Among just the 46 percent of Alabama voters who are “extremely” interested in the race, the Democrat’s lead widens to 53-40 percent.
Jones’s lead comes mostly from nonwhites, younger voters, and women. He’s the choice of nonwhites by 76 points (83-7 percent), by 31 points among voters under age 45 (59-28), and by 20 among women (54-34). That jumps to 46 points among women under age 45 (67-21 percent).
More Democrats (50 percent) than Republicans (45 percent) are “extremely” interested in the election. And more Democrats plan to vote for Jones (90 percent) than Republicans plan to vote for Moore (81 percent).
The small subgroup of independents breaks for Jones by 29 points.
Moore is preferred among whites by 20 points (55-35 percent) and whites without a college degree by 33 points (61-28 percent).
Support for Moore among white evangelical Christians is down 8 points since last month: it was 73 percent in November and stands at 65 percent now.
And his advantage among men has dropped from 12 points last month to just 3 points now. In addition, Republican men (41 percent) are less likely than GOP women (50 percent) or Democratic men (53 percent) to be “extremely” interested in the race.
“Moore might prevail if only the people who typically vote in Alabama elections turn out Tuesday, which is often what happens in special elections,” says Democratic pollster Chris Anderson, who conducts the Fox News Poll with Republican counterpart Daron Shaw.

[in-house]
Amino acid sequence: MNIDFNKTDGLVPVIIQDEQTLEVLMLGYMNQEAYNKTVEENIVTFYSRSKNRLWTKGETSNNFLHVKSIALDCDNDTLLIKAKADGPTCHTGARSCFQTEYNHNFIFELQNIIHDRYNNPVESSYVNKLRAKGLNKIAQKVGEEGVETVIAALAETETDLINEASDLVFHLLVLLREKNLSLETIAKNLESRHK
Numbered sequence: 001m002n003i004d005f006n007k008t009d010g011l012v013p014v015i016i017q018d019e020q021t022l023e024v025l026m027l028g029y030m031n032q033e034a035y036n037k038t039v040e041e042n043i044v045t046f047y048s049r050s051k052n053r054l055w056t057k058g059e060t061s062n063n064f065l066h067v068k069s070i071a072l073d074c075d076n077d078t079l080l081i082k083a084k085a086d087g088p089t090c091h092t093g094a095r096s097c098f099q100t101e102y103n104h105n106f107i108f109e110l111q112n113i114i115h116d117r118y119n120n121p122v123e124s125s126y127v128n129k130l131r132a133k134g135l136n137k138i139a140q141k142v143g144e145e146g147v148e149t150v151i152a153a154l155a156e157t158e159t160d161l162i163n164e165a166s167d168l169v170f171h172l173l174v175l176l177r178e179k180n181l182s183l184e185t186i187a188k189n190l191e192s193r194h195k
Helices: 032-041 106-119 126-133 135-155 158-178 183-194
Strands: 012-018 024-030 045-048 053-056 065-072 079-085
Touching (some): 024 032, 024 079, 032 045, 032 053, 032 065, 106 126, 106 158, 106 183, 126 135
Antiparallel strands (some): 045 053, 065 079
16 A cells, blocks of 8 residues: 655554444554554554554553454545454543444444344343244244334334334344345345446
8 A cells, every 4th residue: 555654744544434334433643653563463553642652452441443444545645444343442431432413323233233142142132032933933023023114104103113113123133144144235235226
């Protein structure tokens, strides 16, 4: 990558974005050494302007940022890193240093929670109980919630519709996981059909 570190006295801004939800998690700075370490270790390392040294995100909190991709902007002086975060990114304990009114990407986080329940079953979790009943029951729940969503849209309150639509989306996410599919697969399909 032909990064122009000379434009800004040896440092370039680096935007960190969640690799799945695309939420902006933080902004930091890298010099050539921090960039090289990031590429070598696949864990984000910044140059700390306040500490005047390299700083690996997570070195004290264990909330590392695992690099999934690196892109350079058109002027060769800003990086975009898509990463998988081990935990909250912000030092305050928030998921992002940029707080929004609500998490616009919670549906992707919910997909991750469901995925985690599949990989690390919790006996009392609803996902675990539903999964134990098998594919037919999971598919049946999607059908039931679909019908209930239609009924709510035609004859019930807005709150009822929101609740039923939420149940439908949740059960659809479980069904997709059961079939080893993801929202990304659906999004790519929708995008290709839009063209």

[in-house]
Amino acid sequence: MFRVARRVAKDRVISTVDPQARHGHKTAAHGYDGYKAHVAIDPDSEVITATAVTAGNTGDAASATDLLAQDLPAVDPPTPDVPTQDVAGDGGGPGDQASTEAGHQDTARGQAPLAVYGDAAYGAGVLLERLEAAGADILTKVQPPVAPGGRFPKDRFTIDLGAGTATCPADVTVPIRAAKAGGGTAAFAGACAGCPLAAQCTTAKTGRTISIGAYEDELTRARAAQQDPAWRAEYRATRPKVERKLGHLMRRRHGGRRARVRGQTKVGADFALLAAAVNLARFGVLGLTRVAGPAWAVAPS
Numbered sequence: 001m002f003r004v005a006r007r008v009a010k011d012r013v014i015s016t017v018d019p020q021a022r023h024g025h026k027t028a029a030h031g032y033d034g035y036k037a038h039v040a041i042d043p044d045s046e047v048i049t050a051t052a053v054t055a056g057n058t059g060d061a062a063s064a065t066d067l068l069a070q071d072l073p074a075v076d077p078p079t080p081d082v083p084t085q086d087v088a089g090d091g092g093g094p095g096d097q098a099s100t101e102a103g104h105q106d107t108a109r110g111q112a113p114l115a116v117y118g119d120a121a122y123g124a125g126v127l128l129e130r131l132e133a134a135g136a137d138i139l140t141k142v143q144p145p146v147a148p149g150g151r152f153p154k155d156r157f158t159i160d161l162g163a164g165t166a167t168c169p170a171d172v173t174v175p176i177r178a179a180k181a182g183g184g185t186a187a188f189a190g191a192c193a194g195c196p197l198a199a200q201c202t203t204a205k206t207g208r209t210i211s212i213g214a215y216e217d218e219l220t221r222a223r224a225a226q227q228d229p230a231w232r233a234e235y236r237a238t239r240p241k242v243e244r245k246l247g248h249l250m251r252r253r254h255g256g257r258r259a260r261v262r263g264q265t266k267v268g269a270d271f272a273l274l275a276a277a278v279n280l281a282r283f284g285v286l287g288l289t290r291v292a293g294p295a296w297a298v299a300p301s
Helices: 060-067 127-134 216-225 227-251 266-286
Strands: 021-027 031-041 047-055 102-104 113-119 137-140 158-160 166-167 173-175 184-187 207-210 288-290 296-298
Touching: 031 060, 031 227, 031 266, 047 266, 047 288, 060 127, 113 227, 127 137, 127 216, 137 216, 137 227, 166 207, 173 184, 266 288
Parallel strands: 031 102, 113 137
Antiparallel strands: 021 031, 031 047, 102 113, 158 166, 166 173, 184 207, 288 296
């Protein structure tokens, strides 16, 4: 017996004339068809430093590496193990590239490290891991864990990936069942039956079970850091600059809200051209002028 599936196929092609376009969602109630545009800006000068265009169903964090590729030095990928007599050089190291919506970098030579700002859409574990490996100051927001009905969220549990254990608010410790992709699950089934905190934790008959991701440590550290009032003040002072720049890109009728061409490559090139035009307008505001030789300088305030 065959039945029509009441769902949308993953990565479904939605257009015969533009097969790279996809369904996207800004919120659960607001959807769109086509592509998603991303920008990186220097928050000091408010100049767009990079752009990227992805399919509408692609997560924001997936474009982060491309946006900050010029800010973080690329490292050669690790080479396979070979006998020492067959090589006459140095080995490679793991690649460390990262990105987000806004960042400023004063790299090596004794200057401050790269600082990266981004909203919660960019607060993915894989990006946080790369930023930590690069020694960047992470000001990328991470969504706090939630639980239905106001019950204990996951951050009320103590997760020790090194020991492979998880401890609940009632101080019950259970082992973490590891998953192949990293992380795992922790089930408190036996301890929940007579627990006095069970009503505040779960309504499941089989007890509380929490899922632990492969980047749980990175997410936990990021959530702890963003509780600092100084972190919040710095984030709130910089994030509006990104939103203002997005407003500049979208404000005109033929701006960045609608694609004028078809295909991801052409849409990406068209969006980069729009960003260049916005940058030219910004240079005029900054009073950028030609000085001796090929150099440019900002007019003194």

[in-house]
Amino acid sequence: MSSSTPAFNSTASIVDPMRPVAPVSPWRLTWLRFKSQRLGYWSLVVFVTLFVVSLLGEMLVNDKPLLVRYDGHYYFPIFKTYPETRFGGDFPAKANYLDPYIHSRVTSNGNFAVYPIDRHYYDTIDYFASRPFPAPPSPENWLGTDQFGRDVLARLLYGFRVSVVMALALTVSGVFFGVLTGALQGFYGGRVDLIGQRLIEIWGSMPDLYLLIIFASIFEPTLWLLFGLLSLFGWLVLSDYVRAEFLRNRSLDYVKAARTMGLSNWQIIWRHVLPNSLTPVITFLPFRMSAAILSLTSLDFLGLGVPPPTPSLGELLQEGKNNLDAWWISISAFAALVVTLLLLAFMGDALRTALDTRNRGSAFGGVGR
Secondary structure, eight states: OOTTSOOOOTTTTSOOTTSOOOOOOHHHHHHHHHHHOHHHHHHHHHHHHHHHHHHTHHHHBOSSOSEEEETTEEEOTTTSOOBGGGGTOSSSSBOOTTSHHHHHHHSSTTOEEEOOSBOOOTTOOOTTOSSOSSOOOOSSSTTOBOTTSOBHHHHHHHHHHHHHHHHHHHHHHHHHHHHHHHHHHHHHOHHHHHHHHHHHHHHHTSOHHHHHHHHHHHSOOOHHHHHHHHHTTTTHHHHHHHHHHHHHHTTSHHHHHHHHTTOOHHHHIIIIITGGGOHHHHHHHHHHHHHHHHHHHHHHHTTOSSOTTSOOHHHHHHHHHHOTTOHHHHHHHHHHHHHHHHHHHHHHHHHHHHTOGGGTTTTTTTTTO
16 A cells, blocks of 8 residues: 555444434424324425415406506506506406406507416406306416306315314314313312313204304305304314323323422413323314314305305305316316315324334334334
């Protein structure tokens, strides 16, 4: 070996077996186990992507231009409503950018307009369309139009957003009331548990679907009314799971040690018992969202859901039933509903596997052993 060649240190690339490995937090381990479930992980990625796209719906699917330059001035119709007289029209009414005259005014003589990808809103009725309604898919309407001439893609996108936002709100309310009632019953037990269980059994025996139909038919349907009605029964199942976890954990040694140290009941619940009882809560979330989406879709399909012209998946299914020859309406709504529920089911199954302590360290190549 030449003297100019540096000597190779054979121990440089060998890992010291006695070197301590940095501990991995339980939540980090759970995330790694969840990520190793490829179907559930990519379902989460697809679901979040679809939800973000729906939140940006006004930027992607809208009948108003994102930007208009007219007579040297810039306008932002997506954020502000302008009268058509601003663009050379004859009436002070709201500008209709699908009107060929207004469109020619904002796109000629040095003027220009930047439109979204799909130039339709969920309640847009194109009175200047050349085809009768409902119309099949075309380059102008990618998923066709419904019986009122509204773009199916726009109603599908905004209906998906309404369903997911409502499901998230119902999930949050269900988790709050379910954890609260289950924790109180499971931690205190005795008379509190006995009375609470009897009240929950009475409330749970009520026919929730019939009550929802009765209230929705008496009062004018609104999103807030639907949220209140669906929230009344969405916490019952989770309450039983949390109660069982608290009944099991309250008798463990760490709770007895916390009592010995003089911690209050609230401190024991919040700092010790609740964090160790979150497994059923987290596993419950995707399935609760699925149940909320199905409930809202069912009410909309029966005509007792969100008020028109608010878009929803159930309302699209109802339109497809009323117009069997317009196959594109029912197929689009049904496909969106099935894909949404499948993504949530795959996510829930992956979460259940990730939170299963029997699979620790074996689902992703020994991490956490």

“But this appears to be a special, special election with blacks and young voters animated by a caustic Republican candidate and the chance of winning a statewide election with national implications, and at the same time some Republicans and many moderates are turned off by Moore, too.”
Countering these numbers, though, are a string of other polls that show Moore leading in the final days of the race:
Republican Roy Moore has widened his lead over Democrat Doug Jones, according to the most recent polls in the Alabama Senate race.
Two polls – the first by the Trafalgar Group and the second by Gravis - show Moore leading by as much as 5 points. The polls come just ahead of Tuesday’s election and weeks after allegations surfaced that Moore had sexual contact with several teenage girls in the 1970s. The allegations led to calls for Moore to exit the race though he denies the charges.
The Trafalgar Group poll shows 48 percent of respondents said they plan to vote for Moore with 3 percent saying they are “leaning” towards the GOP nominee. Forty-one percent said they plan to vote for Jones with 5 percent “leaning” that way. Slightly more than 3.3 percent said the plan to vote for someone else.
The poll was conducted Dec. 6-17 among 1,419 respondents.
The second poll, this one conducted by Gravis Marketing, shows 49 percent of the respondents plan to vote for Moore compared to 45 percent who said the same about Jones. Among undecideds, 24 percent said they are leaning towards Moore; 27 percent were leaning towards Jones; and 49 percent haven’t made up their minds who to support
The same poll shows 43 percent of Alabamians believe the allegations against Moore while 37 percent do not. Twenty percent of respondents said they were unsure if the allegations were true.
Forty-percent said they do not trust Roy Moore compared to 40 percent who said they do. Thirteen percent are uncertain. The poll was conducted Dec. 5-8 among 1,245 likely voters.
Yet another poll shows Moore leading Jones by nearly the same amount that the Fox News poll has Jones up over Moore:
In a poll released less than 24 hours before the polls open on Tuesday, Alabama Senate Republican nominee Roy Moore has taken his biggest lead in weeks.
In the Emerson College poll, Moore has seized a 9-point lead over Democrat Doug Jones in polling done in recent days.
Limited information was first available this morning on the Emerson podcast but more details results of the polls are expected to be released later Monday.
The poll sampled 600 likely voters and data was collected using both an Interactive Voice Response system of landlines only and an online panel provided by Survey Sampling International.